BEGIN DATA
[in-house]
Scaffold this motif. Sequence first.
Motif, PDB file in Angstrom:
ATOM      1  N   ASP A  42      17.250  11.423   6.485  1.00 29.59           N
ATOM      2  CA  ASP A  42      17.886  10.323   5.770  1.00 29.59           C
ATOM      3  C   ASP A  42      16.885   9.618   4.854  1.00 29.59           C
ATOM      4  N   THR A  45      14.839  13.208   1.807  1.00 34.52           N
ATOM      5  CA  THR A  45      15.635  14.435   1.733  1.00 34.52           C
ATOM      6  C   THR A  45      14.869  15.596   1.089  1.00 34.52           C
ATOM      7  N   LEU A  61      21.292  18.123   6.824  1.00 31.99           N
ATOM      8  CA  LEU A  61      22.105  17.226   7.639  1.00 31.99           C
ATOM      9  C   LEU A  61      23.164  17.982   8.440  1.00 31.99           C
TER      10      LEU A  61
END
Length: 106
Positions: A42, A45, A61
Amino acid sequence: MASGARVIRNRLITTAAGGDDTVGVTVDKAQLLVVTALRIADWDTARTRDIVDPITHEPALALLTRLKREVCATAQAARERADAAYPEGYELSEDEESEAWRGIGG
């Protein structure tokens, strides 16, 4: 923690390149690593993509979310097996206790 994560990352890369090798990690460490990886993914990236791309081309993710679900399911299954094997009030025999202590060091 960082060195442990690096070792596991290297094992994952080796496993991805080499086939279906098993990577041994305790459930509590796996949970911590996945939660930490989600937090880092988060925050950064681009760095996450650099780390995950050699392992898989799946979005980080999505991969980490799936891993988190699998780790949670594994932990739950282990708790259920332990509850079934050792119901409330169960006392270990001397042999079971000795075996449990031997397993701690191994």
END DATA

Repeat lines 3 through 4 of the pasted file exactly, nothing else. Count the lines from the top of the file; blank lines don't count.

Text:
Motif, PDB file in Angstrom:
ATOM      1  N   ASP A  42      17.250  11.423   6.485  1.00 29.59           N